He stayed on in Cambridge, as a lecturer in Land Economy and college fellow. He was famed among generations of students for his frayed and faded running gear. Monk-like, he thrived on the collegiate life that combines a solitary scholar’s rooms with communal gourmet meals. His relish for good food and wine extended to home, and I was one of many who often took advantage of the legendary hospitality that he and his lifetime partner Glenda provided. Part of the allure was the expertise he had gained from carrying special responsibility for selecting the college fellows’ vintage wines.
Mike (pictured with Roger in 2006) kept racing well into his fifties, though heart arrhythmia sometimes stopped him. That trouble deepened and he hit seriously bad health in his later sixties. Some of us attributed it to his insistence in later years on going for his daily run at 4.30am (the rigorous monk again). In 2012, he had a stroke, suffered blood clots, eventually a leg amputation. That was unthinkable, for such a supreme runner. Supported by Glenda, he lived a restricted life with stoic resolve, and their flat became yet again a buzzing centre for the many visitors who remembered his support and leadership in their youth.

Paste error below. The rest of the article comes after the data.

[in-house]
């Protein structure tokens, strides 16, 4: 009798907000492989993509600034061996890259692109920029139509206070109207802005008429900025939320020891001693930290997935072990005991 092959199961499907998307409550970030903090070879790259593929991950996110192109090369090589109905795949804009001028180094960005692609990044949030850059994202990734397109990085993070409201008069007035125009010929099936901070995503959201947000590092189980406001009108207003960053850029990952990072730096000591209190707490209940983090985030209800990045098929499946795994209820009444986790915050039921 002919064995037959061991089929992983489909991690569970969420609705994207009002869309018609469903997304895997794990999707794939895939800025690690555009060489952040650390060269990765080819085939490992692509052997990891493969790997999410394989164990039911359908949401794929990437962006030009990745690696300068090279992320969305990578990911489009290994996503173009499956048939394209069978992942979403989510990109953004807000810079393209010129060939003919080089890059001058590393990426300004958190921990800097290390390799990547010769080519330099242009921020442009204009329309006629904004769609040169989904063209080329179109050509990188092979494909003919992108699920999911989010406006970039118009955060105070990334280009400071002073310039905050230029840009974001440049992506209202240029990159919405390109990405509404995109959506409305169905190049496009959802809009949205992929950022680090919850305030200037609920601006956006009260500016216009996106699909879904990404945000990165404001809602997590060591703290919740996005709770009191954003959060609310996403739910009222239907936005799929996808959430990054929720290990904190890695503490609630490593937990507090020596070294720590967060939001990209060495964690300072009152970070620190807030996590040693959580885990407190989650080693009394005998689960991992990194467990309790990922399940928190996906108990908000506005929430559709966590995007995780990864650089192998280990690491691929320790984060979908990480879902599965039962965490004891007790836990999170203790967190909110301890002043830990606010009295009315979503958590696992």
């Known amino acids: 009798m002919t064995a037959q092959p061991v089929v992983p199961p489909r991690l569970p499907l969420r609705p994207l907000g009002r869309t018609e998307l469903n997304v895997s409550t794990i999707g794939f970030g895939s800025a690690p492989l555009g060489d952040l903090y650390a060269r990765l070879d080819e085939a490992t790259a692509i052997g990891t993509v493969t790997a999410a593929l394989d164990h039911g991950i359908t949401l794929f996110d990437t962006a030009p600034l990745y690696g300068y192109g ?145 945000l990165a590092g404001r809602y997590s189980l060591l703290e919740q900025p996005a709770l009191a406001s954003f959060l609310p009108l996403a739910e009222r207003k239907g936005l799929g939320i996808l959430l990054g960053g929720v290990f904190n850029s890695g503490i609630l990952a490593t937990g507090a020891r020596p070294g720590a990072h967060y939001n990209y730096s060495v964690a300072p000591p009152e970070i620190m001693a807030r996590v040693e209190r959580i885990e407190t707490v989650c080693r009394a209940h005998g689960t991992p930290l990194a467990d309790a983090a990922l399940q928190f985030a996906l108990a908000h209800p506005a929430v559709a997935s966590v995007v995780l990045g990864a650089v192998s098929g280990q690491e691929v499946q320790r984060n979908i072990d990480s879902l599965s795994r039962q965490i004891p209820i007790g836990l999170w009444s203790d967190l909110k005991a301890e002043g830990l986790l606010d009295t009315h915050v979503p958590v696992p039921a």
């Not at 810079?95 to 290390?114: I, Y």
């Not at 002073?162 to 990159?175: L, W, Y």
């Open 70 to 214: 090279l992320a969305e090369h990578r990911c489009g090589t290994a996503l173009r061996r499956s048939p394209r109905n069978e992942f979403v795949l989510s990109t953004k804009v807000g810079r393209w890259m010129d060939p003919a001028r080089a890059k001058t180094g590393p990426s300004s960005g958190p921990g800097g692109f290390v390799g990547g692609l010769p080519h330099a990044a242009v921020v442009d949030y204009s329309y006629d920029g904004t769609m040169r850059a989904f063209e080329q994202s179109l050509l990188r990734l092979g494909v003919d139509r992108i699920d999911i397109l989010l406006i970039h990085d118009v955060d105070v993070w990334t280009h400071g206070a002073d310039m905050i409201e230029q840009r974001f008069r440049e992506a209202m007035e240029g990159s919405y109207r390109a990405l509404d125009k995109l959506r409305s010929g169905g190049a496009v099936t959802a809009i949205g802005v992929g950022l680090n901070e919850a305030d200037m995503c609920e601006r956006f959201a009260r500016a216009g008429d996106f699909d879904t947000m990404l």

To his death (at age 77 on January 6, 2017), Mike has remained one of the main reasons I go back every year to England. He was, and will remain, the friend of rich contrasts – light-hearted yet stern-minded; generous yet disciplined; the fiercely private individualist who sacrificed himself week after week for his team; the singing iron man who could run away from me with such zestful rigour.
Mike Turner was the first to show me that running is worth doing well, worth committing yourself to do well, and worth thinking about well. He showed me that running can be an intellectual challenge and an emotional passion as well as a physical sport. That helped shape my life.
“May the gods direct you to the best,” said Shakespeare. Or if you’re lucky, you’ll find a friend like Mike to do it.
» The funeral service for Mike Turner will be held on Tuesday January 31 at 1.45 pm in St Botolphs Church, Cambridge
» Roger Robinson wrote Running in Literature and other classic running books. He lives, runs and writes in USA and New Zealand